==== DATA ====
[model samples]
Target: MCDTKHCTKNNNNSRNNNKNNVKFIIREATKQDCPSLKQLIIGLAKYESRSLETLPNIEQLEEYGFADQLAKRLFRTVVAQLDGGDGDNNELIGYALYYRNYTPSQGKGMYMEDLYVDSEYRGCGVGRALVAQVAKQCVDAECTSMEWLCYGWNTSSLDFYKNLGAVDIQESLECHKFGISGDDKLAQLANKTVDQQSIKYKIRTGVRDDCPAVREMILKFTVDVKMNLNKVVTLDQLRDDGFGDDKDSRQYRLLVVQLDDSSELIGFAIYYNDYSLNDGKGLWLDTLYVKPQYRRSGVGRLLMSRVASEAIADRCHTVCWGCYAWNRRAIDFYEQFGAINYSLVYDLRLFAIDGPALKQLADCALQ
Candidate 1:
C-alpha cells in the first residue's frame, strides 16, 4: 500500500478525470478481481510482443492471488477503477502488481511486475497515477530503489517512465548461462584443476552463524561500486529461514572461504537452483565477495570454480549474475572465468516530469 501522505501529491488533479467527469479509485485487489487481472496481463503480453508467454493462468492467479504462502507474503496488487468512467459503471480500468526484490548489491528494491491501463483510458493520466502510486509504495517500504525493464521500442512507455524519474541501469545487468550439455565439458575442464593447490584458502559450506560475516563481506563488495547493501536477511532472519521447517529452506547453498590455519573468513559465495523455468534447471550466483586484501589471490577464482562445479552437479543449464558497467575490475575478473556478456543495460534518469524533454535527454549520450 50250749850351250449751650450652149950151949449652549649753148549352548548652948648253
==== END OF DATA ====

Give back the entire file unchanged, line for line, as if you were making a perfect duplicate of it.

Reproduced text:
[model samples]
Target: MCDTKHCTKNNNNSRNNNKNNVKFIIREATKQDCPSLKQLIIGLAKYESRSLETLPNIEQLEEYGFADQLAKRLFRTVVAQLDGGDGDNNELIGYALYYRNYTPSQGKGMYMEDLYVDSEYRGCGVGRALVAQVAKQCVDAECTSMEWLCYGWNTSSLDFYKNLGAVDIQESLECHKFGISGDDKLAQLANKTVDQQSIKYKIRTGVRDDCPAVREMILKFTVDVKMNLNKVVTLDQLRDDGFGDDKDSRQYRLLVVQLDDSSELIGFAIYYNDYSLNDGKGLWLDTLYVKPQYRRSGVGRLLMSRVASEAIADRCHTVCWGCYAWNRRAIDFYEQFGAINYSLVYDLRLFAIDGPALKQLADCALQ
Candidate 1:
C-alpha cells in the first residue's frame, strides 16, 4: 500500500478525470478481481510482443492471488477503477502488481511486475497515477530503489517512465548461462584443476552463524561500486529461514572461504537452483565477495570454480549474475572465468516530469 501522505501529491488533479467527469479509485485487489487481472496481463503480453508467454493462468492467479504462502507474503496488487468512467459503471480500468526484490548489491528494491491501463483510458493520466502510486509504495517500504525493464521500442512507455524519474541501469545487468550439455565439458575442464593447490584458502559450506560475516563481506563488495547493501536477511532472519521447517529452506547453498590455519573468513559465495523455468534447471550466483586484501589471490577464482562445479552437479543449464558497467575490475575478473556478456543495460534518469524533454535527454549520450 50250749850351250449751650450652149950151949449652549649753148549352548548652948648253